A link between vitamin D deficiency and severe symptoms of allergic asthma has been shown in numerous studies. But scientists still don’t fully understand the vitamin’s role in reducing the body’s inflammatory response, and there has been some disagreement as to whether taking vitamin D supplements would actually have any impact on allergic asthma symptoms.
Now, a team of researchers from the Department of Molecular Pneumology at Universitätsklinikum Erlangen in Germany appears to have settled that debate. Their study, published in the March 24 edition of the Journal of Allergy and Clinical Immunology, found that children and adults who took vitamin D experienced less severe symptoms of allergic asthma and required fewer inhaled steroids.
The researchers recruited asthmatic and control groups of both preschool children (aged 4 to 6 years) and adults aged 18 to 65. After completing an intake questionnaire, the asthmatic groups were divided further into those who took vitamin D supplements and those who didn’t. Researchers also performed blood tests and lung function assessments.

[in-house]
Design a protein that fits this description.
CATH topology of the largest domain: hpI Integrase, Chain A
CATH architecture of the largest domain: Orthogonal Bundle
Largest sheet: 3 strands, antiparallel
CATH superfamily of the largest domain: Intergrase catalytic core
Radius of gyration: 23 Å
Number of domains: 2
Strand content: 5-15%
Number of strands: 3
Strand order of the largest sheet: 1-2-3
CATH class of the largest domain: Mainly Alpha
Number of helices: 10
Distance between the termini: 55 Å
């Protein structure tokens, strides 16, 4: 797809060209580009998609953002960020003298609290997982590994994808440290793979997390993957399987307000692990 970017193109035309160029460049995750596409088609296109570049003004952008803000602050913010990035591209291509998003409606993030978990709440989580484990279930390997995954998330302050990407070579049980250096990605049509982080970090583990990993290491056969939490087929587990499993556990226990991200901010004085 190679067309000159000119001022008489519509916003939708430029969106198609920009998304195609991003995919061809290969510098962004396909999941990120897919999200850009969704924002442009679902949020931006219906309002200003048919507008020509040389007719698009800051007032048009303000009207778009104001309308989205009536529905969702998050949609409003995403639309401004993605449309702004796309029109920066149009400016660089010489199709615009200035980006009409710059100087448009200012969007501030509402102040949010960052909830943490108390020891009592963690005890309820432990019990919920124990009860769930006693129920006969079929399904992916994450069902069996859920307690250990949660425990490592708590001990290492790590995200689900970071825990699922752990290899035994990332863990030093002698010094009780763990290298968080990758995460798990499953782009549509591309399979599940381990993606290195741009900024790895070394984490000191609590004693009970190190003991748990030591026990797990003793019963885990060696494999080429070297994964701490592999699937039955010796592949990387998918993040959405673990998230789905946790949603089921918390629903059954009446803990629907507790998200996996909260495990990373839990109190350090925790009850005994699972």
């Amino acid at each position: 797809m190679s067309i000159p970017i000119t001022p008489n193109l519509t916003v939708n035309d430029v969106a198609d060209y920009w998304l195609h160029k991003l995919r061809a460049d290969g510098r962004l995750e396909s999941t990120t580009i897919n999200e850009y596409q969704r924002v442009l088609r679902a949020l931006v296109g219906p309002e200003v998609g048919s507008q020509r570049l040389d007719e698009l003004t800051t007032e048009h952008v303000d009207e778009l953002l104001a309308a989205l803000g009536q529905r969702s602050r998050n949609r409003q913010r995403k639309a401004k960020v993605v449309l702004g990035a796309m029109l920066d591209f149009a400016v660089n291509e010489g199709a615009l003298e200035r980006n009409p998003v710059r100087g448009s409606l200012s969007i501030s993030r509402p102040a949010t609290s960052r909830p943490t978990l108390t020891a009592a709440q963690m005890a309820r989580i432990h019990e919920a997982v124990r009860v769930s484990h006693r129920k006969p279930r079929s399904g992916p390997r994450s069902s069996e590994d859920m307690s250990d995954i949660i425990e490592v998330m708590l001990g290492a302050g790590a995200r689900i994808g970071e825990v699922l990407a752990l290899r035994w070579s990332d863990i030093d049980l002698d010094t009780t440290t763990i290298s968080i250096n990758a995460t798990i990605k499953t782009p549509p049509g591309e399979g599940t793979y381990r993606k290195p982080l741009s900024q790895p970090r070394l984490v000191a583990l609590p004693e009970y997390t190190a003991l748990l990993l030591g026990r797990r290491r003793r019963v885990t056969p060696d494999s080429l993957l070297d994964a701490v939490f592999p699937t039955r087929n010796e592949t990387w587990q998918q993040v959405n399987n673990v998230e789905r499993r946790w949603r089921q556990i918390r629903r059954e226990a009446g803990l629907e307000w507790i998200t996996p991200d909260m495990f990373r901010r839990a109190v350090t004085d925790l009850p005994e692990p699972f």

After analyzing the data, the scientists discovered that children and adults who took vitamin D3 supplements had less pronounced asthma symptoms and fewer severe asthma attacks. They also required fewer doses from steroid inhalers. Furthermore, blood tests showed greater quantities of the protein (blimp-1) that is responsible for controlling the immune response of T helper cells in certain cells in the blood of people with higher levels of vitamin D3.
In order to better understand how vitamin D modulates the inflammatory response, researcher and doctoral candidate Janina Grund administered vitamin D to asthmatic mice. And once again, the vitamin led to less severe cases of asthma. The mice also had fewer allergy-inducing antibodies, and administering higher doses of vitamin D3 even triggered an anti-inflammatory reaction in their immune systems.
“Our results, taken together, indicate that supplementing food with VitD3 resulted in less severe clinical asthma manifestations in human studies as well as in a murine model of allergic asthma, indicating that VitD3 alters proinflammatory immune responses to anti-inflammatory immune responses in asthma,” the researchers wrote, concluding that it’s important for asthma sufferers to make sure they get enough of the vitamin.
While these results seem extremely promising, the team also noted that this was basic research, and more studies need to be done to make specific recommendations for possible treatments. “A larger cohort of asthmatic subjects would be needed in the future to extend our findings and to investigate if the VitD3 anti-inflammatory action is observed across the spectrum of asthma severity.”